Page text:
Valeant will retain Biovail structure and headquarters.

The boards of Valeant and Biovail have agreed to a cash and shares-based merger through which Valeant stockholders will receive $16.77 per share and 1.7809 Biovail shares in exchange for each of their Valeant shares.

The firms claim the marriage should allow the generation of at least $175 million in annual cost synergies by the second year of merged status. Based on figures at the end of March 2010, Valeant Pharmaceuticals would have had pro forma revenues of $1.75 billion and pro forma cash flow from operations of $575 million. The combined entity will be called Valeant Pharmaceuticals International and retain Biovail’s corporate structure. It will be headquartered at Biovail’s existing headquarters in Ontario.

The companies maintain Valeant Pharmaceuticals will have a significantly expanded presence in North America and operations in eight other countries. The new combined group aims to leverage its complementary product lines and operations in the fields of CNS and dermatology as well as the Canadian market and emerging markets for branded generics.

Valeant Pharmaceuticals will be headed by CEO J. Michael Pearson, who is currently chairman and CEO at the existing Valeant. The new board of directors will include five Biovail and five Valeant representatives, and one additional independent Canadian resident director who has yet to be appointed.

“This compelling combination will create tremendous value for stockholders of both companies as our business benefits from cost savings, greater scale, efficiencies from extending Biovail’s corporate structure, and enhanced financial strength and flexibility,” Pearson states.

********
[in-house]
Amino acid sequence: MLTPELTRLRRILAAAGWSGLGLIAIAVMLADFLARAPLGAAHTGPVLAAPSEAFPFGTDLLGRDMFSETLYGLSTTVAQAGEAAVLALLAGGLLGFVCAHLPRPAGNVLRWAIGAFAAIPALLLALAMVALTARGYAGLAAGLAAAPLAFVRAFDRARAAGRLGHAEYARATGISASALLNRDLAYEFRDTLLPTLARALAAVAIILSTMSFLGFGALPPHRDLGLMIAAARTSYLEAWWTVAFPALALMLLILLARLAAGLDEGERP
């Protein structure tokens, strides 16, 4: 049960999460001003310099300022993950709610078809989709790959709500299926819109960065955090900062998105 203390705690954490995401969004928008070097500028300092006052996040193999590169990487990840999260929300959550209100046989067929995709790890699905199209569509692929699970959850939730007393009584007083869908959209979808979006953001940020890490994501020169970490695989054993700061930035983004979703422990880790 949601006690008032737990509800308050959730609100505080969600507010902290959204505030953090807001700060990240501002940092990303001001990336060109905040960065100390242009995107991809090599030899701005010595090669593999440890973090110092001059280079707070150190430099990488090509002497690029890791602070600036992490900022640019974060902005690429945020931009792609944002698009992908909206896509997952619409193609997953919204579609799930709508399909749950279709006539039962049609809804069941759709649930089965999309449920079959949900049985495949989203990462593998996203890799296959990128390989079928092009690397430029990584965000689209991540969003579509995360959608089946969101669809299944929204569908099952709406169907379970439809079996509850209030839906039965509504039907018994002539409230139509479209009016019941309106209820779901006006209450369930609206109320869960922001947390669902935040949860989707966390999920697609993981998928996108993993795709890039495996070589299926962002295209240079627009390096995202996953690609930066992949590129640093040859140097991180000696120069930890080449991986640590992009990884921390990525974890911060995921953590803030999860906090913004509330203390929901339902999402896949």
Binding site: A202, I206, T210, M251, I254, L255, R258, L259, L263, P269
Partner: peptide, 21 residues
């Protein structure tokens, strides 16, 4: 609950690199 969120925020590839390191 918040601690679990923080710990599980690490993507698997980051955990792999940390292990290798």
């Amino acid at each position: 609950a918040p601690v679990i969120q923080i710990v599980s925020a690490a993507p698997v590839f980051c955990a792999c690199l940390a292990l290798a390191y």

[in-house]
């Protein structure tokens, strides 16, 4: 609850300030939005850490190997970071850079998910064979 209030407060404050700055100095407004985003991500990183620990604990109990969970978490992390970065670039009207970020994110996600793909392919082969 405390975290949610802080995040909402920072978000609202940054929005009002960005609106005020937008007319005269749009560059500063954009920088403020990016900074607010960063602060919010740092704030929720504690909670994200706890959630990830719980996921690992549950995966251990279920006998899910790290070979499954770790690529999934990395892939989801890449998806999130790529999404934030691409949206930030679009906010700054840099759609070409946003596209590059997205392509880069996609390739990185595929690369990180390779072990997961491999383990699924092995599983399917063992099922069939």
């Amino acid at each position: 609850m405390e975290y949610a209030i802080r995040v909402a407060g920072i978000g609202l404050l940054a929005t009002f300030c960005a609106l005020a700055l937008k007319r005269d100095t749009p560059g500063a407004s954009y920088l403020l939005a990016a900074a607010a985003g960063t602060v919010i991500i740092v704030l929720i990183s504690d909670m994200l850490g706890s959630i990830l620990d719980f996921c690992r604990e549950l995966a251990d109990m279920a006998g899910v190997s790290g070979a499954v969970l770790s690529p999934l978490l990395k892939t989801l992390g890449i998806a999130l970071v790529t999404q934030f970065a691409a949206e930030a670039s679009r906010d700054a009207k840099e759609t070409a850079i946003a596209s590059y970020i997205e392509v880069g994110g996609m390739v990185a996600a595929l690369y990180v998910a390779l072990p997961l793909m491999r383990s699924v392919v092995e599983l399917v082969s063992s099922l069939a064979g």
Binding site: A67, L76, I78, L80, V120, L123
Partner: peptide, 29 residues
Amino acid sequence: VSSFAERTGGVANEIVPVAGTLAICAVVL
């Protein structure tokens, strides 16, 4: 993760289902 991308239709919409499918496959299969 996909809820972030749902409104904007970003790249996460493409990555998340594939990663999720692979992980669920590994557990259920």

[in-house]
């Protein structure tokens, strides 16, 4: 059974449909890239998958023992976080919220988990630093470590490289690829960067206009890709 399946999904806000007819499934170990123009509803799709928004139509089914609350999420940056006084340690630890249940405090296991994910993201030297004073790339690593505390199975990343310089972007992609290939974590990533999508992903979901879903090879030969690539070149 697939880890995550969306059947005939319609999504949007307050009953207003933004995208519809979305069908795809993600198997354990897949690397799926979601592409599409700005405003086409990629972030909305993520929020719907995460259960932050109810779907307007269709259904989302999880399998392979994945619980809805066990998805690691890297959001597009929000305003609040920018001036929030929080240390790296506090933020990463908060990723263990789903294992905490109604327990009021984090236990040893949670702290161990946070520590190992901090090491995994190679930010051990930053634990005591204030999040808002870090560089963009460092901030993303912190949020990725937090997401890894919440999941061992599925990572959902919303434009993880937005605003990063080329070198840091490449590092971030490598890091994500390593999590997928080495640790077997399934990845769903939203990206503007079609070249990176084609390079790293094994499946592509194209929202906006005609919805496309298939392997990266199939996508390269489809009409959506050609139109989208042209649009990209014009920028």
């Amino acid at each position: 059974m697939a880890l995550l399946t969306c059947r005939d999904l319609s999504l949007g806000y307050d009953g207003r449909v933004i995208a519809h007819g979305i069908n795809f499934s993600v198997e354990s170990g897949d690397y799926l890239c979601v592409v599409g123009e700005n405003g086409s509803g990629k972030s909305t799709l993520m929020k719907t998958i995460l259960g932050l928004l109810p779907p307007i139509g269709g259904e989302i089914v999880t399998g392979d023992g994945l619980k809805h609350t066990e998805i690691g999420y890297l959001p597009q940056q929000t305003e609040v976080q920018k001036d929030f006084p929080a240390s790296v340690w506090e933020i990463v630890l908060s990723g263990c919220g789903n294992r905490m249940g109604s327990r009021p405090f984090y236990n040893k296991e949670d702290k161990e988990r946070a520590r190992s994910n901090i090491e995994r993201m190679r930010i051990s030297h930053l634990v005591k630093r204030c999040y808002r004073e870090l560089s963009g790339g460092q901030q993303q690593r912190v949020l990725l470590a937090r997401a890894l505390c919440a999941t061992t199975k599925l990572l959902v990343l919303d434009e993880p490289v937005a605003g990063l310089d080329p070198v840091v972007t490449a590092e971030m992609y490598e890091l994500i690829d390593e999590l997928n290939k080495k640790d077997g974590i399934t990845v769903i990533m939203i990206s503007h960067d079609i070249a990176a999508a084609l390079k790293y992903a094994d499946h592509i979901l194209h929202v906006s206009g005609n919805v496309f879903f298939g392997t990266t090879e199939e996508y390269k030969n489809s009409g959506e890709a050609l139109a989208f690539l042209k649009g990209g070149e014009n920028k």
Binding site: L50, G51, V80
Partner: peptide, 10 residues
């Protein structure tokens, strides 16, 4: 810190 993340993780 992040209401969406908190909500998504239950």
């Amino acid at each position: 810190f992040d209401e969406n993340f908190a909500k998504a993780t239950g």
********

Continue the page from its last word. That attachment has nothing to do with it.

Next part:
The combined company will also retain Biovail’s existing principal operating subsidiary in Barbados, which will continue to own, manage, control, and develop intellectual property for the combined company. The location of the combined company’s U.S. headquarters will be determined after the close of the transaction.

Valeant’s major pharmaceutical product areas are in the fields of dermatology, neurology, and branded generics. The firm has been on something of an acquisitions spree this year. In May it completed the $318 million acquisition of Aton Pharma. During April Valeant’s Canadian subsidiary announced signing a C$10.5 million agreement to acquire Ontario-based OTC dermatology company Vital Science.

Also during April Valeant confirmed that it was to acquire a privately held branded generics and OTC pharmaceutical company in Brazil for $56 million. This deal represented Valeant’s second Brazilian acquisition in 2010. During March it announced the $28 million acquisition of dermatology-focused branded generics and OTC company Instituto Terapeutico Delta.

Biovail’s business strategy from the mid 1990s to 2008 was focused on the application of its drug delivery technologies to extend pharmaceutical product life cycles. In 2008, however, the firm expanded its strategic focus to include the development and commercialization of novel drugs for niche CNS disorders.

At the start of June Biovail paid Kyowa Hakko Kirin $10 million up front for U.S. and Canadian rights to commercialize new products containing the NCE istradefylline for the treatment of Parkinson disease. During March the firm negotiated certain Ampakine® compounds and IP from Cortex Pharmaceuticals for $9 million. The acquired compounds, for use in the field of respiratory depression, include the Phase II candidate CX717.

In Februrary Biovail dished up $40 million as part of collaboration and license agreement with Alexza Pharmaceuticals for U.S. and Canadian commercialization rights to the latter’s inhaled loxapine product, AZ-004, for the treatment of agitation in patients with schizophrenia or bipolar disorder. The drug, delivered using Alexza’s Staccato inhalation device, is currently undergoing FDA regulatory review.

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